EnterpriseDB Announces Support for PostgreSQL 9.0

EnterpriseDB, which provides products, services, support and training based on the PostgreSQL open source database project, has announced support for the newly released PostgreSQL 9.0 open source relational database.

PostgreSQL 9.0 includes more than a dozen major improvements that enhance every aspect of database application design and performance, including built-in replication and hot standby capabilities that give PostgreSQL 9.0 the high availability required for the "scale out" and failover architectures that characterize cloud computing and other demanding application environments, as well as 64-bit Windows support. The new release also that simplifies major upgrades by removing the need for the "dump/load data" procedure required in prior versions and instead performs an in-place upgrade, which is much easier and faster.

The new release includes many of the important enterprise features that people have been waiting for, according to Robin Schumacher, director of product strategy at EnterpriseDB.

For example, Schumacher tells 5 Minute Briefing, under the banner of high availability, the streaming replication that is in 9.0 is going to be very welcome to EnterpriseDB customers. "The EnterpriseDB customers that I have spoken to are all eager to upgrade to get to that. Postgres has had third-party contributors that have brought along replication solutions but now it has built-in streaming replication." A close second in terms of the most sought after new capability is the hot warm standby feature which gives database administrators more capabilities in terms of the area of data protection and "being able to easily set up and configure a hot warm standby that is able to take over in the event of a failure on the actual primary database server."

Additionally, he notes, for EnterpriseDB customers, another key feature in the new Postgres release is the in-place upgrade capability. "One of the most stressful things that a database administrator does is upgrade software.  Especially if they have to dump the data, install the new software, and reload the data, there is always fear that it is going to be an error-prone process and they are going to have issues." The in-place upgrade capability streamlines and simplifies the upgrading of the software - "and, again, for some of the customers that I have spoken to, that is one of the first things that they point to in the new release, even more so than the streaming replication in some cases," says Schumacher.

Additionally, there is 64-bit Windows support that was not available previously, Josh Berkus, PostgreSQL core team member, notes. "It is still dependent on the Windows user having some other libraries in 64-bit which will limit its usefulness for some Windows users," he cautions. But at this point, he says, if someone has a complete 64-bit Windows environment, which not all Windows users do, they can now run Postgres as well and that should help limit the performance gap that has existed between Postgres on Windows and Postgres on Linux, Berkus explains.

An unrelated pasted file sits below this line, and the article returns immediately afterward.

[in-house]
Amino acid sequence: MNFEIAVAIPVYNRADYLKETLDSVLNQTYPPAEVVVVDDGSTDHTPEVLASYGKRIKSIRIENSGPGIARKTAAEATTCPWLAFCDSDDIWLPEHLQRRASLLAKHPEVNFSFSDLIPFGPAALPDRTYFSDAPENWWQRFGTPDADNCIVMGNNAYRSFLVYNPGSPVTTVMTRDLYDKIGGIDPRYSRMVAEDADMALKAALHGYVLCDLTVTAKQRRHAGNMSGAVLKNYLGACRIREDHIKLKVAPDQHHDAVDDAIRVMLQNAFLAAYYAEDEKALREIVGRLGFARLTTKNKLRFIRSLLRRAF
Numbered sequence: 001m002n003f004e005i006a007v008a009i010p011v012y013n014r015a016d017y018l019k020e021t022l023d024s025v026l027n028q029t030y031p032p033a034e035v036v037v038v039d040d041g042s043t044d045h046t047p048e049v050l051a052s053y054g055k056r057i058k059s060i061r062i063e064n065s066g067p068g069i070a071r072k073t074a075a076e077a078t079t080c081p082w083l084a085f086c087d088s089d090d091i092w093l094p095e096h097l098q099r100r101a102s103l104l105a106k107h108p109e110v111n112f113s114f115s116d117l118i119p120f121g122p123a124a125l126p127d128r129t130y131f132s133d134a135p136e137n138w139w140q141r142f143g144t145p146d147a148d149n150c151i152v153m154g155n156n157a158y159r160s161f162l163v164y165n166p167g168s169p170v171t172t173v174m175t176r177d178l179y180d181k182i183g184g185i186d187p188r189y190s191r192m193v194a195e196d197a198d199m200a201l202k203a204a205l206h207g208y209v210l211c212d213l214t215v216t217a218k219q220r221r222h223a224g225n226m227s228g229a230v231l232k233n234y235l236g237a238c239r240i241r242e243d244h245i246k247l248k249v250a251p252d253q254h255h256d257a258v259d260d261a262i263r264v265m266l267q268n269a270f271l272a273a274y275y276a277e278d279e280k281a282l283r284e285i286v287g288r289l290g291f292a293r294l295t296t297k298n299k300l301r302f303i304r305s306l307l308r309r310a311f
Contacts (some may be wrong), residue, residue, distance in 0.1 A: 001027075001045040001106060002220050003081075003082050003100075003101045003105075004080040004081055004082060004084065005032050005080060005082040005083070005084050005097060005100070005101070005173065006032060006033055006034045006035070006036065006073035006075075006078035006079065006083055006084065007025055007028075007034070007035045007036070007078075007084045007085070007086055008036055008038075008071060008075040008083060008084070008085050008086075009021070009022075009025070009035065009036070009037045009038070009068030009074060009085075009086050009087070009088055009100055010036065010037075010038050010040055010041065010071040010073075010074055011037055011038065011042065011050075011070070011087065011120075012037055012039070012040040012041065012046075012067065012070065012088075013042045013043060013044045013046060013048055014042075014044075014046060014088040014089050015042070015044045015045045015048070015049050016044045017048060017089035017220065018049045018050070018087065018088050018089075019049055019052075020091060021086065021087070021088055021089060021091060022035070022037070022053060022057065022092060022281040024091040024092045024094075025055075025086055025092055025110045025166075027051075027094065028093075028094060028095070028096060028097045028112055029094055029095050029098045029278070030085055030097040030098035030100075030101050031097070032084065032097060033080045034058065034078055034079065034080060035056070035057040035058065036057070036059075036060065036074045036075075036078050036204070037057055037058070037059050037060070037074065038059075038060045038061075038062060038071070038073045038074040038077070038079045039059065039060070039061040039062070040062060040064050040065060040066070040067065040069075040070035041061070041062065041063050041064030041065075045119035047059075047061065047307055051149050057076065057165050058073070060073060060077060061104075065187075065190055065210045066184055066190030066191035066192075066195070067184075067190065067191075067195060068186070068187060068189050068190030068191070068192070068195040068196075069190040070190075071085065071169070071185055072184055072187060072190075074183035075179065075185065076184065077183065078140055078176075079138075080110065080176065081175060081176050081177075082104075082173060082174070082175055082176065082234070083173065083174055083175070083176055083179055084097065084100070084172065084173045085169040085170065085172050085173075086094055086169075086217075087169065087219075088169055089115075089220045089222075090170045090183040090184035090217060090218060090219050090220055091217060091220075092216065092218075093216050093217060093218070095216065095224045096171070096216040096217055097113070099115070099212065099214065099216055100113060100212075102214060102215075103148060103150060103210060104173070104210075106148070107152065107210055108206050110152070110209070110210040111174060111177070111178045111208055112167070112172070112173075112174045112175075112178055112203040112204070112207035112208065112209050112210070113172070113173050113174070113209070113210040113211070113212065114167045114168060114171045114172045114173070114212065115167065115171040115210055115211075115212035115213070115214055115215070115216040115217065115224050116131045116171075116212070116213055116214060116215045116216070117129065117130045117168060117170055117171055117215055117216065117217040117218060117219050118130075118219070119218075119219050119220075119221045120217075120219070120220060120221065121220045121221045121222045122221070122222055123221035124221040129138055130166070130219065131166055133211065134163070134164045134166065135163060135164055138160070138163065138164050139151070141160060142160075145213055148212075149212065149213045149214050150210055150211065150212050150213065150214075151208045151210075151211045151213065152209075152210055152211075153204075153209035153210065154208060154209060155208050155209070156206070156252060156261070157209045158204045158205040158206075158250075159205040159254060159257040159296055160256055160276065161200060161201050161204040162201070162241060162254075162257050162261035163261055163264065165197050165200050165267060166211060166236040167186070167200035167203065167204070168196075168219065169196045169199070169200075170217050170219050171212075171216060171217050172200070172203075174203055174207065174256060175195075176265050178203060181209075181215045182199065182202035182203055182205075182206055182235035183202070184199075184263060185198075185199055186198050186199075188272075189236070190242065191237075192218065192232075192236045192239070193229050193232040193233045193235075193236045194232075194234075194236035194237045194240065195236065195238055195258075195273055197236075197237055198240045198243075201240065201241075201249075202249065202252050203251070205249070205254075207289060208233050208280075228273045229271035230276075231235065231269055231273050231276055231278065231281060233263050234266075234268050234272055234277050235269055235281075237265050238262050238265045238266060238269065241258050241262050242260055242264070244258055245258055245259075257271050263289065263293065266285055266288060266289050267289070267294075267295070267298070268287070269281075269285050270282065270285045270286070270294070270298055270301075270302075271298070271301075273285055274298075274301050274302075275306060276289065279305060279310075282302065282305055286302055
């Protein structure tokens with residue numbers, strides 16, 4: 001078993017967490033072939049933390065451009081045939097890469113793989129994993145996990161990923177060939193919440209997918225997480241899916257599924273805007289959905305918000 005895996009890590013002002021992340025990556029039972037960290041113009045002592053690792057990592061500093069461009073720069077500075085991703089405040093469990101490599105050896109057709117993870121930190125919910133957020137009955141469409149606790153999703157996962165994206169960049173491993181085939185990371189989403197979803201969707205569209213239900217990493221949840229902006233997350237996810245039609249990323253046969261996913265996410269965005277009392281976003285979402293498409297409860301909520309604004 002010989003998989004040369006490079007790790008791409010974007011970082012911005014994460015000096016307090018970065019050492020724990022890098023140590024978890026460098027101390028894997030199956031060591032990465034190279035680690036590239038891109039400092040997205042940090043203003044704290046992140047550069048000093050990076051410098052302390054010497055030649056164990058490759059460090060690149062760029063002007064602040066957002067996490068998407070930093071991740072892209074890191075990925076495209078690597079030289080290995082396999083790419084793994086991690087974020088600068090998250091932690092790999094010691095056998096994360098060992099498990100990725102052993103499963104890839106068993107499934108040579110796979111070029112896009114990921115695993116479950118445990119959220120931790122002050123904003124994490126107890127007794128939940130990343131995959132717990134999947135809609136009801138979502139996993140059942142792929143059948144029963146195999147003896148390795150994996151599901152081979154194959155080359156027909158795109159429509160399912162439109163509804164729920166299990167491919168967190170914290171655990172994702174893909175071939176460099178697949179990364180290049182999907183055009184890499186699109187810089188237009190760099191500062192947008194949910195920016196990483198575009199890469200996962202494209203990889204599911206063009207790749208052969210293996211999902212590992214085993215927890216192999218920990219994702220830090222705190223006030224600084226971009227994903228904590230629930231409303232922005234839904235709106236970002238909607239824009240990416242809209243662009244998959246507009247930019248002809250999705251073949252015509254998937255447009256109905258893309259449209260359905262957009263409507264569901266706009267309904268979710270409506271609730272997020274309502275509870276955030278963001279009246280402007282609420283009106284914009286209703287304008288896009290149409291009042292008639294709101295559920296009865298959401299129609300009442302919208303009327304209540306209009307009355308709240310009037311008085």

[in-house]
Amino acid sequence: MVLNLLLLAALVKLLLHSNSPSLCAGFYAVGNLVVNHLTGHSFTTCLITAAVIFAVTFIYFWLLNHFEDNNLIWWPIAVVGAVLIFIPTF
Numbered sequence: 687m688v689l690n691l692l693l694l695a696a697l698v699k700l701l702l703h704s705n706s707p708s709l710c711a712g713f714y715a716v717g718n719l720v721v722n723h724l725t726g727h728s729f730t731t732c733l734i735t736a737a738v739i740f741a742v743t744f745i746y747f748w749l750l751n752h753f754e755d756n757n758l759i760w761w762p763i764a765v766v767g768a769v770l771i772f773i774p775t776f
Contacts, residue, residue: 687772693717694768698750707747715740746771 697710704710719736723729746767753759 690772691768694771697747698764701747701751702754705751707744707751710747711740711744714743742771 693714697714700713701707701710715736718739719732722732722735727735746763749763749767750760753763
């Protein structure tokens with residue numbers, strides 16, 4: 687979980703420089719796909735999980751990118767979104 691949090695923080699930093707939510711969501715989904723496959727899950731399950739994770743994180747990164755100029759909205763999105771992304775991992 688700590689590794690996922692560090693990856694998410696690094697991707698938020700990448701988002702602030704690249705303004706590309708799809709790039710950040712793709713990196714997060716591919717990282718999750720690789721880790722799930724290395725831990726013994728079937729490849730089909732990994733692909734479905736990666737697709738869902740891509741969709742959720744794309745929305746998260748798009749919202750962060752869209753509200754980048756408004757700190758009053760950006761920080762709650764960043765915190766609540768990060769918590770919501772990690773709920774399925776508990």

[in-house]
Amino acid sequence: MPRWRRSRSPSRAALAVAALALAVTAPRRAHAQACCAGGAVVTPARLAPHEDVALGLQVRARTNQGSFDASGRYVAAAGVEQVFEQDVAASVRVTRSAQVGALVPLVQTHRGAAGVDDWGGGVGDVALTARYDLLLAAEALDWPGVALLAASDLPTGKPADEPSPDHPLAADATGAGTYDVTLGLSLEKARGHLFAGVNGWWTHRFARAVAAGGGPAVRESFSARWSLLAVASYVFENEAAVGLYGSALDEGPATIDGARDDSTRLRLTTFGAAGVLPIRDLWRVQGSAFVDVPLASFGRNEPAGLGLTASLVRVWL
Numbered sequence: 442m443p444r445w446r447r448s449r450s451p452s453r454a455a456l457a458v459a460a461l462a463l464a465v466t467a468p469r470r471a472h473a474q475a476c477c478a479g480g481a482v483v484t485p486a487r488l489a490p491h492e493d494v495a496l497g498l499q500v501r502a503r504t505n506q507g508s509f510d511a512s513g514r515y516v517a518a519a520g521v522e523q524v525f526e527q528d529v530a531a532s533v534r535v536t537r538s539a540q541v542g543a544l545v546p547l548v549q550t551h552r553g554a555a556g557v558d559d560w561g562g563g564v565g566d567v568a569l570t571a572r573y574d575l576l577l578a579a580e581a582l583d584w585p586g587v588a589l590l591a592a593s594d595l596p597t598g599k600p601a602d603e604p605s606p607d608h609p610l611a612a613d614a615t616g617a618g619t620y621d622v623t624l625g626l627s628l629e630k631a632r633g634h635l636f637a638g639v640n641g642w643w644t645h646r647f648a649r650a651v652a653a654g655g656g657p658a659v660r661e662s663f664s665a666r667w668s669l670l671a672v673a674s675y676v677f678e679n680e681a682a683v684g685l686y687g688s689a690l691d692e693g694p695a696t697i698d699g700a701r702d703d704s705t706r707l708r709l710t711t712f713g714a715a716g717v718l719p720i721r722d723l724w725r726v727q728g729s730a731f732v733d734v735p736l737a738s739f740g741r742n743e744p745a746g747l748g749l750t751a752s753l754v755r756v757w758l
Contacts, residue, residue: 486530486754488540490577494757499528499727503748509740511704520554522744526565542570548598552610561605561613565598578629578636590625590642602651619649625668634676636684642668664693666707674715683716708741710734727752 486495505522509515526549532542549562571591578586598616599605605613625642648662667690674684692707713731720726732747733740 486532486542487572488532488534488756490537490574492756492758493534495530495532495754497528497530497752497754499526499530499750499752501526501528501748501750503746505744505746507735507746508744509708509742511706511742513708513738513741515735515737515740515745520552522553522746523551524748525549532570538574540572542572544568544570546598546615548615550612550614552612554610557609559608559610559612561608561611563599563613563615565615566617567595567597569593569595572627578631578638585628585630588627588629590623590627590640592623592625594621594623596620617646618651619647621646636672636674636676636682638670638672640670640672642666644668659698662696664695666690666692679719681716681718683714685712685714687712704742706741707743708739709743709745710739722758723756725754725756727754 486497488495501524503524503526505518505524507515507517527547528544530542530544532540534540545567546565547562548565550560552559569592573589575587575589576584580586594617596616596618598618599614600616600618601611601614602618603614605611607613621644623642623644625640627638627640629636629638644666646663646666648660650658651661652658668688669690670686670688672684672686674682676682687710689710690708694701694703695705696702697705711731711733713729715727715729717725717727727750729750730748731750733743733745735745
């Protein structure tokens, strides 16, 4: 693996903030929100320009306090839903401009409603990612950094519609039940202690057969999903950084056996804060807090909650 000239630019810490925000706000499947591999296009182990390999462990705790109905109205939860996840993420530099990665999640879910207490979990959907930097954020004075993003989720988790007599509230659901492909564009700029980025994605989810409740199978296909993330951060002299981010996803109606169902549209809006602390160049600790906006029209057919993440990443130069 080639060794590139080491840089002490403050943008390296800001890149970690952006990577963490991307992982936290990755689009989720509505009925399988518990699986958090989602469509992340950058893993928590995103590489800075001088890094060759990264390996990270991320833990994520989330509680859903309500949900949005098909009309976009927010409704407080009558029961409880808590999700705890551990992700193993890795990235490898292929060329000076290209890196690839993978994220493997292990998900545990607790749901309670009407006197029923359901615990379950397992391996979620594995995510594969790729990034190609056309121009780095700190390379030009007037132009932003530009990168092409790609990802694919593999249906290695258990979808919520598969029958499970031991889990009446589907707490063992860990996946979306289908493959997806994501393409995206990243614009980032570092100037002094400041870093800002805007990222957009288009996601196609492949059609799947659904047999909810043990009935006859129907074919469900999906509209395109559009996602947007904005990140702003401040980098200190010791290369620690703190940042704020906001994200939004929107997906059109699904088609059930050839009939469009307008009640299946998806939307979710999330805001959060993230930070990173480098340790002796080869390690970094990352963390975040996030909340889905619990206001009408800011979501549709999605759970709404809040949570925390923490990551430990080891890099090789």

"I am happy to see that because if you look at the growth in terms of database platforms now, Linux still has the lead in terms of the momentum percentage  gain but right on its heels is Windows," adds Schumacher. "It is definitely an accelerating platform and anybody that is going to want maximum horsepower out of  their database on the Windows platform is going to use a 64-bit platform and so that is why it is very, very key to announce support for 64-bit Windows."

And beyond these capabilities, says Berkus, PostgreSQL 9.0 adds a "grab-bag" assortment of additional features. While they may seem "specialty," he says, "A lot of these are actually features that no other database system has, particularly features that make it easier to plug in external applications and external libraries to PostgreSQL, improved Perl and Python and C++ compatibility, the ability to do uniqueness over range types which I predict is going to make Postgres the number-one database for calendaring applications in the future. A lot of this we will see pay off 2 or 3 years down the road, but I think increasingly, you are going to see people -  first within open source and then within proprietary applications - using PostgreSQL for certain specific applications, as they do now with geographic applications and biological applications and a couple of other things. You are going to see people using PostgreSQL for new types of specific applications simply because we have features that really no other database system has."

Additional PostgreSQL 9.0 improvements are detailed on the PostgreSQL community site.

EnterpriseDB customers and PostgreSQL community members can immediately benefit from EnterpriseDB's one-click installer for PostgreSQL 9.0.